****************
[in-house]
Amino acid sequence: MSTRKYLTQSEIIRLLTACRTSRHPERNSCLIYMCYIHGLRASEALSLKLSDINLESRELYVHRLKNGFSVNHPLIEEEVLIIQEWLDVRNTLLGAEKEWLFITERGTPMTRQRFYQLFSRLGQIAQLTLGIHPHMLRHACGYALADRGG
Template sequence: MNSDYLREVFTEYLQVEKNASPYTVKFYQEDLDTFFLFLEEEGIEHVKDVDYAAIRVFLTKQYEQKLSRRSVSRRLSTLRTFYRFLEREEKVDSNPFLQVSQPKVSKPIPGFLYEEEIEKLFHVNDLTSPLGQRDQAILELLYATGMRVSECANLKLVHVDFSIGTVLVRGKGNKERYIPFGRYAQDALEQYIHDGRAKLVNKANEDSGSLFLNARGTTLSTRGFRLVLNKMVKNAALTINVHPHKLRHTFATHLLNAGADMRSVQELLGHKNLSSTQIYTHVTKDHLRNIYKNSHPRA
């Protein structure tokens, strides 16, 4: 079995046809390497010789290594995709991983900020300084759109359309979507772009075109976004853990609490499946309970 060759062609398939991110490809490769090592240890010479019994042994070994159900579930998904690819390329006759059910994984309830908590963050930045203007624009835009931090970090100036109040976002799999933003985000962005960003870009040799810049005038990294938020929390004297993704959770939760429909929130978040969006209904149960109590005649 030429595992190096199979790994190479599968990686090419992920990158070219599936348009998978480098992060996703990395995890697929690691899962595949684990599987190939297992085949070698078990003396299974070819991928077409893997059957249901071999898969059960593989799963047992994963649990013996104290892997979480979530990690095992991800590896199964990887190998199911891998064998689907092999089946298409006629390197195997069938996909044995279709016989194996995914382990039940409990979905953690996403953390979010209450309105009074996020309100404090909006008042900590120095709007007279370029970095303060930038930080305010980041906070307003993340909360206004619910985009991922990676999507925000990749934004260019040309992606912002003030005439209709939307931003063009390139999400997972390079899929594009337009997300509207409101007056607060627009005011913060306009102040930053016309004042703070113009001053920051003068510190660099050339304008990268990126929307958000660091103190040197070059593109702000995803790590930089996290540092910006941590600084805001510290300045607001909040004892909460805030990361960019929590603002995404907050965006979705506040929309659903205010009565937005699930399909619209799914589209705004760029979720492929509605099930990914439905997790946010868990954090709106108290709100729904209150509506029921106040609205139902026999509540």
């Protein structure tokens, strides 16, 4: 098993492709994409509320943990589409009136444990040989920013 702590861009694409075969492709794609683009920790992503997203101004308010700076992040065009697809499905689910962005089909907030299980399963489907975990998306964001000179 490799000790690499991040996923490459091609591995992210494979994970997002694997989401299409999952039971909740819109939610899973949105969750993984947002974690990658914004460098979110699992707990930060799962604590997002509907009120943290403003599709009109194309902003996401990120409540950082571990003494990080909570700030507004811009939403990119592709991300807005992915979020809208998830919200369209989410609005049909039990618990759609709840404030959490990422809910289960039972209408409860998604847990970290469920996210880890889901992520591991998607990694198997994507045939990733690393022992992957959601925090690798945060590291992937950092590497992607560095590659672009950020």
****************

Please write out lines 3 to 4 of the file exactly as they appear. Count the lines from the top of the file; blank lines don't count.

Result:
Template sequence: MNSDYLREVFTEYLQVEKNASPYTVKFYQEDLDTFFLFLEEEGIEHVKDVDYAAIRVFLTKQYEQKLSRRSVSRRLSTLRTFYRFLEREEKVDSNPFLQVSQPKVSKPIPGFLYEEEIEKLFHVNDLTSPLGQRDQAILELLYATGMRVSECANLKLVHVDFSIGTVLVRGKGNKERYIPFGRYAQDALEQYIHDGRAKLVNKANEDSGSLFLNARGTTLSTRGFRLVLNKMVKNAALTINVHPHKLRHTFATHLLNAGADMRSVQELLGHKNLSSTQIYTHVTKDHLRNIYKNSHPRA
């Protein structure tokens, strides 16, 4: 079995046809390497010789290594995709991983900020300084759109359309979507772009075109976004853990609490499946309970 060759062609398939991110490809490769090592240890010479019994042994070994159900579930998904690819390329006759059910994984309830908590963050930045203007624009835009931090970090100036109040976002799999933003985000962005960003870009040799810049005038990294938020929390004297993704959770939760429909929130978040969006209904149960109590005649 030429595992190096199979790994190479599968990686090419992920990158070219599936348009998978480098992060996703990395995890697929690691899962595949684990599987190939297992085949070698078990003396299974070819991928077409893997059957249901071999898969059960593989799963047992994963649990013996104290892997979480979530990690095992991800590896199964990887190998199911891998064998689907092999089946298409006629390197195997069938996909044995279709016989194996995914382990039940409990979905953690996403953390979010209450309105009074996020309100404090909006008042900590120095709007007279370029970095303060930038930080305010980041906070307003993340909360206004619910985009991922990676999507925000990749934004260019040309992606912002003030005439209709939307931003063009390139999400997972390079899929594009337009997300509207409101007056607060627009005011913060306009102040930053016309004042703070113009001053920051003068510190660099050339304008990268990126929307958000660091103190040197070059593109702000995803790590930089996290540092910006941590600084805001510290300045607001909040004892909460805030990361960019929590603002995404907050965006979705506040929309659903205010009565937005699930399909619209799914589209705004760029979720492929509605099930990914439905997790946010868990954090709106108290709100729904209150509506029921106040609205139902026999509540």